'No' to Cape Town's application to be exempt from state wage agreement
The SA Local Government Bargaining Council (SALGBC) on Monday dismissed an application by the City of Cape Town to be exempted from implementing recent government salary wage hikes.
The city sought exemption from the recently concluded multiyear salary wage agreement, which was concluded on September 15. In particular, it wanted exemption from the clauses which gave employees a 3.5% salary increase with effect from July 1, and one-off payments of R4,000 for workers earning R12,500 or less, and R3,000 for employees earning R12,501 or more.
The city sought exemption for the 2021/22 financial year.
The application was heard on November 5 and the arbitrator passed its ruling on Monday.
In its submission, the city said the wage agreement would cost it an additional R477.5m, and said it could only pay that amount from amounts already allocated to other projects.
The two unions, the Independent Municipal and Allied Workers' Union (Imatu) and SA Municipal Workers' Union (Samwu), opposed the application.
In its submissions, Samwu said the argument provided by the city that it would have to curtail other services to its inhabitants to meet the wage agreement was unjustifiable.
Samwu said the city had passed a budget with a surplus and could implement the wage agreement without any cuts.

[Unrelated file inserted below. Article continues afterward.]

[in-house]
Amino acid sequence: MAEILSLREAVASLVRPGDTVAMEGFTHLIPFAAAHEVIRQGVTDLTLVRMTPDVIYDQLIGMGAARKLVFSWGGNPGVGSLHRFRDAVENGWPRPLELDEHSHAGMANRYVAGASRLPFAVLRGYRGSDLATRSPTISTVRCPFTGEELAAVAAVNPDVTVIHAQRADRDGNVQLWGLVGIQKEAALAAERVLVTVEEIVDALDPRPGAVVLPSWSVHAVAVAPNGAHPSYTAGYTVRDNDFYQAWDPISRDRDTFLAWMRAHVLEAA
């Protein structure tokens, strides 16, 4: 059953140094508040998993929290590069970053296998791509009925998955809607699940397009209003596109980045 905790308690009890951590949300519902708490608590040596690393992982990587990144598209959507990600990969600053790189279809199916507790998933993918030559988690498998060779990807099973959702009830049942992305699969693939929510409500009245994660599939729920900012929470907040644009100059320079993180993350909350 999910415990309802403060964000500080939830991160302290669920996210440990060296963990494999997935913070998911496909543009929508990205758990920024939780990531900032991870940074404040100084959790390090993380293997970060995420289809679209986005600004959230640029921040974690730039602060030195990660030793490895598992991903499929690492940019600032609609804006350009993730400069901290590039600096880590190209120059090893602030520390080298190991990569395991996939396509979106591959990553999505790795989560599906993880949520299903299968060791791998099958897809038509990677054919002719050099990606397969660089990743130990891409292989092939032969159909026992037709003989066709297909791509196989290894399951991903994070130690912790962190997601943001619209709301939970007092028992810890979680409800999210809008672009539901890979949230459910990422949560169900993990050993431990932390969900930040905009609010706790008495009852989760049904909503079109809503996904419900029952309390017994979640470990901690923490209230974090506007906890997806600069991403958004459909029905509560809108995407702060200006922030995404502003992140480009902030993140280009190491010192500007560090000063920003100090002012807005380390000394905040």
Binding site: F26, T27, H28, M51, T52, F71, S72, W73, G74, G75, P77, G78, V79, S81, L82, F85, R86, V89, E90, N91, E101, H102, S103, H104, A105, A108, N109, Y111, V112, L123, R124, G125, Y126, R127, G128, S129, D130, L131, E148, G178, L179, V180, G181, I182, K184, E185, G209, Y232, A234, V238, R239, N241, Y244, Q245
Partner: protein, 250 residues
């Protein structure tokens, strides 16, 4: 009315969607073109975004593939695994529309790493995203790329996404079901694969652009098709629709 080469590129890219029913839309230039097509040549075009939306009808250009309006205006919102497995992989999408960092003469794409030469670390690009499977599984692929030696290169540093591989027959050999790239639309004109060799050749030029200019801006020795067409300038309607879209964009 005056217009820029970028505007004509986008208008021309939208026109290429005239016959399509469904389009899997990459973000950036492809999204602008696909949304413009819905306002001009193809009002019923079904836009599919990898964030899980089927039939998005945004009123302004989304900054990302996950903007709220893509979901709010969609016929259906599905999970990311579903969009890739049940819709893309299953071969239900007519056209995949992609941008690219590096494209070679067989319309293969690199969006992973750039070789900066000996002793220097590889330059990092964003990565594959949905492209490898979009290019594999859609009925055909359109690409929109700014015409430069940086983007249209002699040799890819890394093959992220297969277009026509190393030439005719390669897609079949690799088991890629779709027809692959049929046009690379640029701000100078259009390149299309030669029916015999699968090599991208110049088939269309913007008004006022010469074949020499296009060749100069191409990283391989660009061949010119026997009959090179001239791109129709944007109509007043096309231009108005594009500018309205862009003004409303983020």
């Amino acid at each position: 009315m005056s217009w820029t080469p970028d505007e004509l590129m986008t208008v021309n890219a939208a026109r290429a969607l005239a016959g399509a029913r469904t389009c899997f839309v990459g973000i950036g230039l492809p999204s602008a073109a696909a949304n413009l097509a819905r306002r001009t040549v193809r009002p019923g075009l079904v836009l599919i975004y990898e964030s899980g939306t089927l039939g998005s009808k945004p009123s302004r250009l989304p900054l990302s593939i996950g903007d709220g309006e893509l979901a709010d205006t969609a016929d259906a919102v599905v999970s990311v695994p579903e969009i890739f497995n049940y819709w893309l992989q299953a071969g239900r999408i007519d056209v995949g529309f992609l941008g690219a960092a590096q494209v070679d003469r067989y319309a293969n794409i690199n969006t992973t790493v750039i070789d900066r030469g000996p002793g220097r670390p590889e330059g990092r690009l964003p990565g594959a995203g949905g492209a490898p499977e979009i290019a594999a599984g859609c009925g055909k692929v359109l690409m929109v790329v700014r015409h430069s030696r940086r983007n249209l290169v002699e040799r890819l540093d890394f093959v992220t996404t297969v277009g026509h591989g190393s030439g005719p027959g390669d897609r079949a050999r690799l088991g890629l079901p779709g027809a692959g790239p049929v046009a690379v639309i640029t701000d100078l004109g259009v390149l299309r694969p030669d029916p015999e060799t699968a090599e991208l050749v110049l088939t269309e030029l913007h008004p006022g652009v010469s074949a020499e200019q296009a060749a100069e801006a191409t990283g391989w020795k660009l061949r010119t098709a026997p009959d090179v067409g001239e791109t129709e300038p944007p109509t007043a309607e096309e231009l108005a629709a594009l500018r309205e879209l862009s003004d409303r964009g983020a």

It said the employees provided their labour and should be remunerated for such.
Imatu said the city had no intention of honouring the collective wage agreement and went on record publicly in this regard.
It said to grant an exemption in such circumstances would lead to undermining of collective bargaining.
From the onset, the City of Cape Town sought to deny municipal workers salary increases this year.SA Municipal Workers' Union
The council declined the city’s application on Monday, stating that granting an exemption, where no exceptional circumstances exist — and the city has the funds available to meet its obligations — would undermine collective bargaining.
Samwu welcomed the judgment.
“From the onset, the City of Cape Town sought to deny municipal workers salary increases this year, going as far as pre-empting the negotiations by arguing that parties in the SALGBC should negotiate a zero-percent salary increase for municipal workers,” Samwu said.
It said the decision by the arbitrator to decline the application was a huge victory for the 30,000 workers employed by the city.
“Workers have been subjected to the ruthlessness of the employer who sought to collapse collective bargaining in the sector, an employer that sought to define itself outside the employer body, the South African Local Government Bargaining Council.”
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